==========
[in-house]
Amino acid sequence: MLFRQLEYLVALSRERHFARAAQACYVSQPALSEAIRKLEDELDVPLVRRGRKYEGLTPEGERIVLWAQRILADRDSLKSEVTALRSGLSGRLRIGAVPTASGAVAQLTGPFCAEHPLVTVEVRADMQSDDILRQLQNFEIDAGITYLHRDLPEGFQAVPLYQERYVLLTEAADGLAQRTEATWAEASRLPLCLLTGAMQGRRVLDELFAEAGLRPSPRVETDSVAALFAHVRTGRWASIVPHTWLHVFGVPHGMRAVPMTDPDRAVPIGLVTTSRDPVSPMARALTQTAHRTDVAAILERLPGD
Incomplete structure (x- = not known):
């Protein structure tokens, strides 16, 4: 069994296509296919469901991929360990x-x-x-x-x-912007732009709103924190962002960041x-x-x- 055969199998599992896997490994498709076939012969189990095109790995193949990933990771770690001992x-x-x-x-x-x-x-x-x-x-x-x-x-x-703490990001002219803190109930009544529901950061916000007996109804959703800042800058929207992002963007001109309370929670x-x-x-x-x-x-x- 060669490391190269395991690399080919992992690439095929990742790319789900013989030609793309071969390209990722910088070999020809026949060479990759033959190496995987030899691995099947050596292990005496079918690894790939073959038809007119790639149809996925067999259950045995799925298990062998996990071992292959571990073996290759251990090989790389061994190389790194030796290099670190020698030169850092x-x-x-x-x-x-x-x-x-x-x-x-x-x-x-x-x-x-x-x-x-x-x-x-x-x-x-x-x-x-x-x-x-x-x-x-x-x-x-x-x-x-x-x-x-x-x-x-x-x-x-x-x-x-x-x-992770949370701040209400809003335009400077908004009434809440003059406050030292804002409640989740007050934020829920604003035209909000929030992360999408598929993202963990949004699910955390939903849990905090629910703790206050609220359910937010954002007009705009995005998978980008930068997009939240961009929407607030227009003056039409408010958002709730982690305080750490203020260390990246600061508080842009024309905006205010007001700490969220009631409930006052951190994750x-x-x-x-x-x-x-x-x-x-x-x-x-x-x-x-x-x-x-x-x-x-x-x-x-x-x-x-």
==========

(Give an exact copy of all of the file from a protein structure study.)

[in-house]
Amino acid sequence: MLFRQLEYLVALSRERHFARAAQACYVSQPALSEAIRKLEDELDVPLVRRGRKYEGLTPEGERIVLWAQRILADRDSLKSEVTALRSGLSGRLRIGAVPTASGAVAQLTGPFCAEHPLVTVEVRADMQSDDILRQLQNFEIDAGITYLHRDLPEGFQAVPLYQERYVLLTEAADGLAQRTEATWAEASRLPLCLLTGAMQGRRVLDELFAEAGLRPSPRVETDSVAALFAHVRTGRWASIVPHTWLHVFGVPHGMRAVPMTDPDRAVPIGLVTTSRDPVSPMARALTQTAHRTDVAAILERLPGD
Incomplete structure (x- = not known):
């Protein structure tokens, strides 16, 4: 069994296509296919469901991929360990x-x-x-x-x-912007732009709103924190962002960041x-x-x- 055969199998599992896997490994498709076939012969189990095109790995193949990933990771770690001992x-x-x-x-x-x-x-x-x-x-x-x-x-x-703490990001002219803190109930009544529901950061916000007996109804959703800042800058929207992002963007001109309370929670x-x-x-x-x-x-x- 060669490391190269395991690399080919992992690439095929990742790319789900013989030609793309071969390209990722910088070999020809026949060479990759033959190496995987030899691995099947050596292990005496079918690894790939073959038809007119790639149809996925067999259950045995799925298990062998996990071992292959571990073996290759251990090989790389061994190389790194030796290099670190020698030169850092x-x-x-x-x-x-x-x-x-x-x-x-x-x-x-x-x-x-x-x-x-x-x-x-x-x-x-x-x-x-x-x-x-x-x-x-x-x-x-x-x-x-x-x-x-x-x-x-x-x-x-x-x-x-x-x-992770949370701040209400809003335009400077908004009434809440003059406050030292804002409640989740007050934020829920604003035209909000929030992360999408598929993202963990949004699910955390939903849990905090629910703790206050609220359910937010954002007009705009995005998978980008930068997009939240961009929407607030227009003056039409408010958002709730982690305080750490203020260390990246600061508080842009024309905006205010007001700490969220009631409930006052951190994750x-x-x-x-x-x-x-x-x-x-x-x-x-x-x-x-x-x-x-x-x-x-x-x-x-x-x-x-």